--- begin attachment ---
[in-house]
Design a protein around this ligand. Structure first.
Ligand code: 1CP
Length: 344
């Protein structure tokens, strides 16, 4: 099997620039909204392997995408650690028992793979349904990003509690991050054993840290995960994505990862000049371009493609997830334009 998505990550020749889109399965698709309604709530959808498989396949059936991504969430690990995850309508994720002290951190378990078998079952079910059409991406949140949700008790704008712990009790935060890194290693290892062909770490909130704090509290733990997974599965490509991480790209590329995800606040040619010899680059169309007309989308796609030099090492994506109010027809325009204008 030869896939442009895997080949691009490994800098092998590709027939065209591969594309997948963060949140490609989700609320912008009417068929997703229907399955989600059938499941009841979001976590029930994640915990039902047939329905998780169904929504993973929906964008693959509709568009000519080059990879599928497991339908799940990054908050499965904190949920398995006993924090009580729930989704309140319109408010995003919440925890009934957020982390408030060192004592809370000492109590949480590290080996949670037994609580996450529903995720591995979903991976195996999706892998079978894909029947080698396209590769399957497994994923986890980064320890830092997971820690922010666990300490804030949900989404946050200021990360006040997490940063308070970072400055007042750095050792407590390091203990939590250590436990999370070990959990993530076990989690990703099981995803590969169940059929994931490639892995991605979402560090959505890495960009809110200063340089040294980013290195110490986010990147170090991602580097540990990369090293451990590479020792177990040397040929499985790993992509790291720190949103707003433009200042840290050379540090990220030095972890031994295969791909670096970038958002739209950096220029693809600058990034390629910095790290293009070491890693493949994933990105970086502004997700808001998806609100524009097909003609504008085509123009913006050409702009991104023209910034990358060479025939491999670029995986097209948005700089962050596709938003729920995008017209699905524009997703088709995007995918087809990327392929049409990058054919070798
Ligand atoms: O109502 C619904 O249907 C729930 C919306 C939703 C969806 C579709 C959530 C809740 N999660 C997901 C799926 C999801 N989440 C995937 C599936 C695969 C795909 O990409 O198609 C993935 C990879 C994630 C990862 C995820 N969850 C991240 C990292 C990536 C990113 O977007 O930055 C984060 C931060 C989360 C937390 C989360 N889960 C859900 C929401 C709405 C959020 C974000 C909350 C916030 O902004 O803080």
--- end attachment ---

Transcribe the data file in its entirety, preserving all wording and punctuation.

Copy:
[in-house]
Design a protein around this ligand. Structure first.
Ligand code: 1CP
Length: 344
């Protein structure tokens, strides 16, 4: 099997620039909204392997995408650690028992793979349904990003509690991050054993840290995960994505990862000049371009493609997830334009 998505990550020749889109399965698709309604709530959808498989396949059936991504969430690990995850309508994720002290951190378990078998079952079910059409991406949140949700008790704008712990009790935060890194290693290892062909770490909130704090509290733990997974599965490509991480790209590329995800606040040619010899680059169309007309989308796609030099090492994506109010027809325009204008 030869896939442009895997080949691009490994800098092998590709027939065209591969594309997948963060949140490609989700609320912008009417068929997703229907399955989600059938499941009841979001976590029930994640915990039902047939329905998780169904929504993973929906964008693959509709568009000519080059990879599928497991339908799940990054908050499965904190949920398995006993924090009580729930989704309140319109408010995003919440925890009934957020982390408030060192004592809370000492109590949480590290080996949670037994609580996450529903995720591995979903991976195996999706892998079978894909029947080698396209590769399957497994994923986890980064320890830092997971820690922010666990300490804030949900989404946050200021990360006040997490940063308070970072400055007042750095050792407590390091203990939590250590436990999370070990959990993530076990989690990703099981995803590969169940059929994931490639892995991605979402560090959505890495960009809110200063340089040294980013290195110490986010990147170090991602580097540990990369090293451990590479020792177990040397040929499985790993992509790291720190949103707003433009200042840290050379540090990220030095972890031994295969791909670096970038958002739209950096220029693809600058990034390629910095790290293009070491890693493949994933990105970086502004997700808001998806609100524009097909003609504008085509123009913006050409702009991104023209910034990358060479025939491999670029995986097209948005700089962050596709938003729920995008017209699905524009997703088709995007995918087809990327392929049409990058054919070798
Ligand atoms: O109502 C619904 O249907 C729930 C919306 C939703 C969806 C579709 C959530 C809740 N999660 C997901 C799926 C999801 N989440 C995937 C599936 C695969 C795909 O990409 O198609 C993935 C990879 C994630 C990862 C995820 N969850 C991240 C990292 C990536 C990113 O977007 O930055 C984060 C931060 C989360 C937390 C989360 N889960 C859900 C929401 C709405 C959020 C974000 C909350 C916030 O902004 O803080």